AMD may not be getting as much enthusiast love as it used to, but the company's APU range is still where it's at for home theater-style systems, so I didn't hesitate to pick one up for a new compact media-streaming box recently. Unfortunately, while the chip was a relatively powerful yet affordable solution for playing 1080p content, it was surprisingly loud -- we're talking enough noise that I thought something was wrong with my power supply. Upon inspection, it wasn't the PSU and nothing was wrong per se, the stock AMD cooler was just being obnoxious, especially for a living room setup.
I thought I could get away with slowing the CPU fan in the BIOS, but that caused a drastic temperature spike and left me seeking a more elaborate solution. It's one that proved to be relatively simple: the Xigmatek Janus, a small heatsink and fan combo for Mini-ITX systems.
Strangely enough, that very same day I found myself facing another CPU cooler problem while building a Sandy Bridge-E rig with my friend. Having bought all the parts, we discovered that the Core i7-3820 processor didn't come with a cooler. Instead, Intel sells its heatsink/fan separately for $30. Although I knew he'd need a cooler, I wasn't prepared to answer my buddy's question when he asked which model to purchase.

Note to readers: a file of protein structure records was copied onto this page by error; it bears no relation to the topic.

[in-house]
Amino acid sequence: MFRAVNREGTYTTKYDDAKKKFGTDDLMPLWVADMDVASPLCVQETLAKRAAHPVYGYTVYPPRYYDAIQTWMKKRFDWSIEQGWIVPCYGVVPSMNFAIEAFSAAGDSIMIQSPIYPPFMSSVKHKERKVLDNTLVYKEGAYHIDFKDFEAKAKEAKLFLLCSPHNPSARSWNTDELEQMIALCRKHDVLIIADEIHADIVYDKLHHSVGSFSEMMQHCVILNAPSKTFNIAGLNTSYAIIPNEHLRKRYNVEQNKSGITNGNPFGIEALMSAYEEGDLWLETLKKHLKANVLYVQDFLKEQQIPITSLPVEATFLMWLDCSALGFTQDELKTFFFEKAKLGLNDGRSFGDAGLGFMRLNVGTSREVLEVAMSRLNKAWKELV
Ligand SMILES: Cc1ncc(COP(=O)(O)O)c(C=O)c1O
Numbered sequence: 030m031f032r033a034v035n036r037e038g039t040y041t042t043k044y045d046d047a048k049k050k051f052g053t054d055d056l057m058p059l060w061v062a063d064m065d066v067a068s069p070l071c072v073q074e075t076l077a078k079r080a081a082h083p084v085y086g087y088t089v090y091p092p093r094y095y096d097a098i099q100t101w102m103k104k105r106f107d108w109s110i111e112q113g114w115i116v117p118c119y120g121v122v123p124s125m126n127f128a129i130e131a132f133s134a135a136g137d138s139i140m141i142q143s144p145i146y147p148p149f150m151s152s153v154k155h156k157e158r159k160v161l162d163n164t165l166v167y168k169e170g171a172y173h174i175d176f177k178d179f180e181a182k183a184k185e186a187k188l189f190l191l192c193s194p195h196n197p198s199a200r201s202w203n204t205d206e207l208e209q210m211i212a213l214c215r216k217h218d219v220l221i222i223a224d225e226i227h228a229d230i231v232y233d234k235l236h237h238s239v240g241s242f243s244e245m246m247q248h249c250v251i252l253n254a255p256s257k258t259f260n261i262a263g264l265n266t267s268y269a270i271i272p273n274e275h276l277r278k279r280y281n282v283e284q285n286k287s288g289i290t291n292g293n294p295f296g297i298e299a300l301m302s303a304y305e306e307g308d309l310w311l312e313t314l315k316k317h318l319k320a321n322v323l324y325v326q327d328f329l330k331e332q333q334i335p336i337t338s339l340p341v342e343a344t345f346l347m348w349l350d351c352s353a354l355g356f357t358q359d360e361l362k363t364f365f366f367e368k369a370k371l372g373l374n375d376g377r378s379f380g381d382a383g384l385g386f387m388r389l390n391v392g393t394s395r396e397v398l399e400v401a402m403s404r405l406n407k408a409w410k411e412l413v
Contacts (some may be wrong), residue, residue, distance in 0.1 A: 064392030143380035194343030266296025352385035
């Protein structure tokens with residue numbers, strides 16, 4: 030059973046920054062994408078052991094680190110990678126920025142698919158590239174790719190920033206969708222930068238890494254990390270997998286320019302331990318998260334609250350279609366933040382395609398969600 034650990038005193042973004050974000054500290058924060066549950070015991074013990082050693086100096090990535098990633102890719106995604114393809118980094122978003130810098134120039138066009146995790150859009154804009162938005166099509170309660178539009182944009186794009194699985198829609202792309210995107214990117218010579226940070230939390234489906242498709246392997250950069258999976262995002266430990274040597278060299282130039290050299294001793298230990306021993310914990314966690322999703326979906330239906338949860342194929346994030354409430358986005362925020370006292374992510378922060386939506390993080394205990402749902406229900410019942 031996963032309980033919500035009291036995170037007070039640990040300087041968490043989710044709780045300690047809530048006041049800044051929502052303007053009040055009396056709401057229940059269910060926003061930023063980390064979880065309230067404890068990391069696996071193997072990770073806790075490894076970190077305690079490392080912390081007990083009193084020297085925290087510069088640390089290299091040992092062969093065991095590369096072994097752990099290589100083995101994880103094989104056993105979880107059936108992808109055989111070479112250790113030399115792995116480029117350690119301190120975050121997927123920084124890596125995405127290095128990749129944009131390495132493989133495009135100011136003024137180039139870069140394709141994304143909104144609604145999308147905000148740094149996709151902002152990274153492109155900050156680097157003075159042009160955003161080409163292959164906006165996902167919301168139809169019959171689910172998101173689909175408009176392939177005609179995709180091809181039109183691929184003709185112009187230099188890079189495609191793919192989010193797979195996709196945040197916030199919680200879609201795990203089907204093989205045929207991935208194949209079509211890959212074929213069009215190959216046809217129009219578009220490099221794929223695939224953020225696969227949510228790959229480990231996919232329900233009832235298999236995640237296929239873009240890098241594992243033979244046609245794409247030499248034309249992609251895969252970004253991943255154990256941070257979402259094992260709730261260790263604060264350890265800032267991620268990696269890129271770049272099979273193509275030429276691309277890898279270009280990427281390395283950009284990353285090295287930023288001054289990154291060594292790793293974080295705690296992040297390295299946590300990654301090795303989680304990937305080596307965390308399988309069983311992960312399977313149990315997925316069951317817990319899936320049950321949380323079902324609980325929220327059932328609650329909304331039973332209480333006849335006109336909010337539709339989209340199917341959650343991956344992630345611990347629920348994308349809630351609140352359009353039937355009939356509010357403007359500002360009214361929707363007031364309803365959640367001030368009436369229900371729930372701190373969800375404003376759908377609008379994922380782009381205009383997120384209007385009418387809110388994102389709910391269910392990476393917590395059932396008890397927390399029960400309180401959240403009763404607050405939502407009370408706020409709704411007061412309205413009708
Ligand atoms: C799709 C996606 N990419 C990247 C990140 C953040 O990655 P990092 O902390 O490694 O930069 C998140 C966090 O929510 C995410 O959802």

It had been years since our last CPU cooler roundup so my knowledge was a little dated ...
NSA surveillance: A guide to staying secure (by Bruce Schneier)
Good article in the guardian written for general audience by security expert Bruce Schneier.
NSA surveillance: A guide to staying secure
Now that we have enough details about how the NSA eavesdrops on the internet, including today's disclosures of the NSA's deliberate weakening of cryptographic systems, we can finally start to figure out how to protect ourselves.
For the past two weeks, I have been working with the Guardian on NSA stories, and have read hundreds of top-secret NSA documents provided by whistleblower Edward Snowden. I wasn't part of today's story – it was in process well before I showed up – but everything I read confirms what the Guardian is reporting.
At this point, I feel I can provide some advice for keeping secure against such an adversary.
The primary way the NSA eavesdrops on internet communications is in the network. That's where their capabilities best scale. They have invested in enormous programs to automatically collect and analyze network traffic. Anything that requires them to attack individual endpoint computers is significantly more costly and risky for them, and they will do those things carefully and sparingly.